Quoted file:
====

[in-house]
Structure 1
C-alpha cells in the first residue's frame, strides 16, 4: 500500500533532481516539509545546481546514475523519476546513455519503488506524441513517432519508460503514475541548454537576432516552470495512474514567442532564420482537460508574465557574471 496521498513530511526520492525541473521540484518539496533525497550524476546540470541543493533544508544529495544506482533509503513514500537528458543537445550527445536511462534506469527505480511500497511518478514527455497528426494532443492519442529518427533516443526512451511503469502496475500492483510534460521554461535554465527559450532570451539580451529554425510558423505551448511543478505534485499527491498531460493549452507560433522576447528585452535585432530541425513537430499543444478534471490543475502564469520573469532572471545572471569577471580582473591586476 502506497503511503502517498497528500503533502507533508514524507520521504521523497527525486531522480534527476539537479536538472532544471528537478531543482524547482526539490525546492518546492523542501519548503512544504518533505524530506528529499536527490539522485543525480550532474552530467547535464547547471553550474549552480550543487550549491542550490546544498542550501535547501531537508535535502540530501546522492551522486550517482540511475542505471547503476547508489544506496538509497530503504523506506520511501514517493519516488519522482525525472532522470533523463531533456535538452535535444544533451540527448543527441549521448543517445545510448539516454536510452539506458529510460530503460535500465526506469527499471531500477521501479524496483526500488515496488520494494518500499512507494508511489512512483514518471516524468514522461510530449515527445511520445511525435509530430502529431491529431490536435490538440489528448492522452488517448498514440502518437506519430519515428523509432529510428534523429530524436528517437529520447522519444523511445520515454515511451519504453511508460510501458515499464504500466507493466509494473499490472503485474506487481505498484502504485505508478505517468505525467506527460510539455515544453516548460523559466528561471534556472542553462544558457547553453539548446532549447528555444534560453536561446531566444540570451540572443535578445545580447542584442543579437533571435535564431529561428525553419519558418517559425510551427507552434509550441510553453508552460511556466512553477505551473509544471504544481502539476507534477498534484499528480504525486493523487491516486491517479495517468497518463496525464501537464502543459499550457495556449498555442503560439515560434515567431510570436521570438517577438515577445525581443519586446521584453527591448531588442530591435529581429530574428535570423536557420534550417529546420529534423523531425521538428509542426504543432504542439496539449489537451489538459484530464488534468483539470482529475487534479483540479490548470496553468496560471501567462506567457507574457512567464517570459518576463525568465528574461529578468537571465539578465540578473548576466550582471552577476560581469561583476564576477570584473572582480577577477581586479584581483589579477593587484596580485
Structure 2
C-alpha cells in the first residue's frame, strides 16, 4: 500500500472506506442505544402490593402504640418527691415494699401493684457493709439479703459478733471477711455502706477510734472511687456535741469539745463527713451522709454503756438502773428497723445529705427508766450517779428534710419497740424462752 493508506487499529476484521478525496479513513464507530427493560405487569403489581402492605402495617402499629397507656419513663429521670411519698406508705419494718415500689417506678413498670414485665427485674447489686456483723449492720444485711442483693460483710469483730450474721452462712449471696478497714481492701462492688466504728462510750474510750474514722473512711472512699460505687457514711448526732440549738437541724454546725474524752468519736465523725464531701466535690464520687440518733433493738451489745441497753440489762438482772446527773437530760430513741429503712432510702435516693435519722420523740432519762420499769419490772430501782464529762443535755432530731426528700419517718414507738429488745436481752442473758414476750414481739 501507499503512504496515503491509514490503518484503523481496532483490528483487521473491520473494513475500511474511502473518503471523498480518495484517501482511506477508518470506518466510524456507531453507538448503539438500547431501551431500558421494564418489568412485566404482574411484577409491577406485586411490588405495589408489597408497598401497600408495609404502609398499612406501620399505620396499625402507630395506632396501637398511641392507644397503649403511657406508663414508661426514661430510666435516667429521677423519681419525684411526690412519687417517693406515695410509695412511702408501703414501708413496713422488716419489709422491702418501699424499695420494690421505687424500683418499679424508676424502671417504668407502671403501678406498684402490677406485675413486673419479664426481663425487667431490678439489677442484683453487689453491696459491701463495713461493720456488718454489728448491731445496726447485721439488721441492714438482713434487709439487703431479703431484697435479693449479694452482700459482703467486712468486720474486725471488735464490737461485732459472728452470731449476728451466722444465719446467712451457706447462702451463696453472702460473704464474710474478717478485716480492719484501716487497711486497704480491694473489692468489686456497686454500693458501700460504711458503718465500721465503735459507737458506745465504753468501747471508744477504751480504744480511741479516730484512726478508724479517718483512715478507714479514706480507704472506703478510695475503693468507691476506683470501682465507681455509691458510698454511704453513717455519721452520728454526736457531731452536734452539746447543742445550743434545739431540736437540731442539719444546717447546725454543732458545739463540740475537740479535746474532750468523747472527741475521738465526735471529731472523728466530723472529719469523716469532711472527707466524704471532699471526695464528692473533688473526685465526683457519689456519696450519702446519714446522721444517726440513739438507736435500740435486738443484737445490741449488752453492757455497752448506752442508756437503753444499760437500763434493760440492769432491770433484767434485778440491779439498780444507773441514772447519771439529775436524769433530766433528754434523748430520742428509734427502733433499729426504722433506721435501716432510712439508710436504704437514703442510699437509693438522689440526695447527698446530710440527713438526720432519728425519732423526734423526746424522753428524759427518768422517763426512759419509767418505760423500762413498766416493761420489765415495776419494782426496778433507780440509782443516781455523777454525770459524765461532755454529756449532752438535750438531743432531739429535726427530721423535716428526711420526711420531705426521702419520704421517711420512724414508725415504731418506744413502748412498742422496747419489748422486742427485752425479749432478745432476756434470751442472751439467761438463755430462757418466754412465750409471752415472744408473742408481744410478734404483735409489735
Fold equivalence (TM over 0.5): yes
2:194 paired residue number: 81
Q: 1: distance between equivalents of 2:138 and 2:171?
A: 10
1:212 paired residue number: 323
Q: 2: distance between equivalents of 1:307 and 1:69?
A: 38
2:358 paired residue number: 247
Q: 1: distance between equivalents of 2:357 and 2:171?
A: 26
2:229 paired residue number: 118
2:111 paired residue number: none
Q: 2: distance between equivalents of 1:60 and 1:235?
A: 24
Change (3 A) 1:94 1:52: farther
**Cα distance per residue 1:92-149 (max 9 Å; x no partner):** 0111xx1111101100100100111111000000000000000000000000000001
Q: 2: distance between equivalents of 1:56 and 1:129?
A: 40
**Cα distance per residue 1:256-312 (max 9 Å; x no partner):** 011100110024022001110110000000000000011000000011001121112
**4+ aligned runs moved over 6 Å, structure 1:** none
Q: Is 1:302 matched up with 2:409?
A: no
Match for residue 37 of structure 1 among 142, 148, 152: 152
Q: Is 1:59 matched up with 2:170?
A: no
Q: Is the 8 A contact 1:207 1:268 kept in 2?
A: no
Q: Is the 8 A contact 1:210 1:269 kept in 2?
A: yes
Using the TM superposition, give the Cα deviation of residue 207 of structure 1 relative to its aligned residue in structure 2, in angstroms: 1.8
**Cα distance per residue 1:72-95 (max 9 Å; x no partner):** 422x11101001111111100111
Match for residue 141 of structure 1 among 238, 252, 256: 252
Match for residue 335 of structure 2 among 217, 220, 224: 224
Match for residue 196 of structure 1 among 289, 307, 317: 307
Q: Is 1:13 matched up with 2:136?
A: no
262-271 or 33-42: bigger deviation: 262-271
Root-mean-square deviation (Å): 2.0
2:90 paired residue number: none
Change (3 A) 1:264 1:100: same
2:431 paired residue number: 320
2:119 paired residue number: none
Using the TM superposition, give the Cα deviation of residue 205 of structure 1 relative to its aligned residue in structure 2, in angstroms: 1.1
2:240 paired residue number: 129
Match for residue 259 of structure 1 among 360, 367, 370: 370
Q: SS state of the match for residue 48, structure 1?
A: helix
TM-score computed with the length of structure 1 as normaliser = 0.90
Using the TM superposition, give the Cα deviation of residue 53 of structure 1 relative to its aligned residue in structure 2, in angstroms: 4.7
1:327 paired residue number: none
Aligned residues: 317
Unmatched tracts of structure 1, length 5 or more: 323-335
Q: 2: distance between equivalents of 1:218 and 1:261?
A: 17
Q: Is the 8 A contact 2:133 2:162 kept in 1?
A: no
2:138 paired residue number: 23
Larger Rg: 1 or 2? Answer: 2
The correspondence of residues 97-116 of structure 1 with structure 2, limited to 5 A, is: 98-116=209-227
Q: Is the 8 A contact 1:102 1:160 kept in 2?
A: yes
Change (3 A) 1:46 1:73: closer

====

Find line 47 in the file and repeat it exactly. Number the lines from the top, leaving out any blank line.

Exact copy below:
2:119 paired residue number: none